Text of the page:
Peak Season Garden Tours

 A pretty playhouse.
Playhouse Country-Style

It's the early-summer Garden Tour season, and I've been to my second one in three weekends. This was a serious tour - proper open gardens were featured, properly designed, with proper gardeners. Oooh! I'd be seeing how the 'other half' gardened...

What to Expect?

I never know what to expect from a Garden Tour. I certainly don't want to return home either madly envious or totally self-satisfied. Perhaps something in-between?

Gardens are not supposed to be competitive things. Is my own garden better? Who cares? Well, maybe I do, in a weak moment, but it shouldn't matter. Anyway, this garden tour was interesting and lively, with country homes and gardens beautifully presented. None of the gardens spoke to me very much - but I probably wasn't listening. I returned home with my personal garden equilibrium and self-esteem intact. Phew! And my head still full of my own plans - so much to do, and so on...

A Green Confession...

But I do have a rather 'green' confession to make. Oops. Gardens chosen for peak-time open viewing, namely early summer, have really made it onto the A-list. Whereas the Moosey Garden has only been an official open garden twice, and in early winter, when the local Garden Club has been short of places to visit. Hmm...

 Box balls, angels, chives, and blue oat grass.
Garden Tour Images

So this explains my slightly dodgy attitude. I prefer visiting gardens where there are enough imperfections to make me feel welcome - an unruly shrub, a few choice weeds, lawns that have obviously been paddocks... Alas, on this tour there were no paddock-lawns to make me feel at home, no edges left undone, and barely a weed. And only one garden was brave enough to have a lone garden gnome fishing by its pond. Personal taste, I know...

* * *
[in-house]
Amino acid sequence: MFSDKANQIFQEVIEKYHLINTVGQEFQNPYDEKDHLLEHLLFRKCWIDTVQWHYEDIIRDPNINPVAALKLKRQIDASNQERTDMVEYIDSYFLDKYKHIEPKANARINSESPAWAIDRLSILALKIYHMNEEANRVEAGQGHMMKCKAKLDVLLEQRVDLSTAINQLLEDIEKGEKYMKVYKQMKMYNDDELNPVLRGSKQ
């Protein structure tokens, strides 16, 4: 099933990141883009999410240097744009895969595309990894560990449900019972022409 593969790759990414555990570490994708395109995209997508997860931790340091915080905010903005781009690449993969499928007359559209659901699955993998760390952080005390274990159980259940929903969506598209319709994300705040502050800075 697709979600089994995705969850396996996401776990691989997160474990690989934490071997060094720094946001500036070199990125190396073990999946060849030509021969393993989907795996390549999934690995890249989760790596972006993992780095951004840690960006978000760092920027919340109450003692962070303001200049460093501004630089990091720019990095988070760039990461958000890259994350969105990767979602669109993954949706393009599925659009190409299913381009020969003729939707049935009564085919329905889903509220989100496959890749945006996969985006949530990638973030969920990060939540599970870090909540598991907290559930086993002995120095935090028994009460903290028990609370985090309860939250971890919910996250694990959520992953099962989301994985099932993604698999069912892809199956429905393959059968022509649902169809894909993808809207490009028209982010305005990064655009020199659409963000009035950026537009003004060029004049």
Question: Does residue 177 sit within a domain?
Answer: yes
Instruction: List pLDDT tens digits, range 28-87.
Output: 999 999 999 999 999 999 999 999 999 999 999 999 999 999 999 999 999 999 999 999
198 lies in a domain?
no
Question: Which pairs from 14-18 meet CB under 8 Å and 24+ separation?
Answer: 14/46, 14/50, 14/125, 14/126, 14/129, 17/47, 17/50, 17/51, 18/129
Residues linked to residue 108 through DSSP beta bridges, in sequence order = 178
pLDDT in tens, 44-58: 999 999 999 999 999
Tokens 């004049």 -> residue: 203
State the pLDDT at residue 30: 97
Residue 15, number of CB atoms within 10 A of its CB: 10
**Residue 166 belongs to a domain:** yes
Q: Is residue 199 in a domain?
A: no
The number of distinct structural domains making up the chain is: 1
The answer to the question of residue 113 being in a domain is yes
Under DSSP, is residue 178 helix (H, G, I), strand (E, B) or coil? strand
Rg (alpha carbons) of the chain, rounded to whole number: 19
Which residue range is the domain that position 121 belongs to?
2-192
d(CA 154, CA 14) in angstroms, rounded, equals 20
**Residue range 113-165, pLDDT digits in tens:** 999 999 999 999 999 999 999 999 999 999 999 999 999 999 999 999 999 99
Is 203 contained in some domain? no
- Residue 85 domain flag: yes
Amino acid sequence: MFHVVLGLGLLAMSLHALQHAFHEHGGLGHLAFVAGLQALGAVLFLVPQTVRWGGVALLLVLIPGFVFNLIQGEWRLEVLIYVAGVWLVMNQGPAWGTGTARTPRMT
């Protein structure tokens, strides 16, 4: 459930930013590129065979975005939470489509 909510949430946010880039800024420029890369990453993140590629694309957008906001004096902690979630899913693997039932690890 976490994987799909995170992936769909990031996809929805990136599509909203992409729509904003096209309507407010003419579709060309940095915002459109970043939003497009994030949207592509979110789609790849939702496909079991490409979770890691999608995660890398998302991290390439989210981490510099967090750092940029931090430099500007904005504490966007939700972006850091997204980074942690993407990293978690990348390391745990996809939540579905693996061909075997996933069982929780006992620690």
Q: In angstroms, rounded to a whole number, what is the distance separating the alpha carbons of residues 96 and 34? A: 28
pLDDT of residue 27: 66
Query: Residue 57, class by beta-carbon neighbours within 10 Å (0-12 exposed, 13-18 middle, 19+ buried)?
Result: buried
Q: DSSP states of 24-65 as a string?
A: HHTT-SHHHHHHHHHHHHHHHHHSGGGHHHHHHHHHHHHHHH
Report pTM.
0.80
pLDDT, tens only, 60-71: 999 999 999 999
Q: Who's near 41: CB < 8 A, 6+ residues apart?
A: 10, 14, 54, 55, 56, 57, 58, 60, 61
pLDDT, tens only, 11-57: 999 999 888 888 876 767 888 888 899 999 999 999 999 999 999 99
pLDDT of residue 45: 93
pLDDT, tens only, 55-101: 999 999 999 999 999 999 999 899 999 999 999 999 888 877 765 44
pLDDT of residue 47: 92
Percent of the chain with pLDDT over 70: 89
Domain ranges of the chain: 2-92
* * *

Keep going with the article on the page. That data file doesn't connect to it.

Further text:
I love this bridge!
Bridge Country-Style

Pond Styles

I enjoyed seeing the different pond styles. Gunnera and water-loving iris patches were very much de rigueur. The bigger the better, obviously, as far as pond design went. I must remember that!

My friend and I visited five out of eight gardens - not a bad strike rate on a hot Sunday! We were well supplied with clipped box hedges, clipped box balls, and taller clipped hedges of unknown shrub. Clipped planes of foliage intersected other planes at precise angles. Ends of hedges had clipped windows to peep through.

There were a few good-natured shrubberies, and several areas of native New Zealand plantings, where 'scruffy' was allowed. For political garden correctness? No, no - hopefully for the native birds.

Mass Planting Rules!

Mass-planting in a country garden is innately sensible, and so easy on the eye. We saw many examples - not just the mono-variety rose beds typical of municipal rose gardens, but long borders filled with stylish blue oat grass, long lines of Agapanthus, large spreads of the same rhododendron cultivar, tussock gardens... More is less?

Speaking from experience, I know just how long it takes one woman (me) to mass plant hundreds of Agapanthus pieces. Absolutely ages. A medal for the gardener who does this unaided. A plea to all the gardeners represented in the Garden Tour - please say that one of you did it by yourself!

 Ponds and box ball trees.
Garden Tour Images

I'm so glad I went garden touring, and I really enjoyed myself. But such a relief to be back home, gardenwise. There's no place like home. Mind you, the standard of my own lawns could definitely be improved. And my pond is a little small...


Thanks to the gardeners of Ohoka who opened their gardens, telling me (via those official laminated signs) that I could take photographs (and leave footsteps). I did just that. Thanks.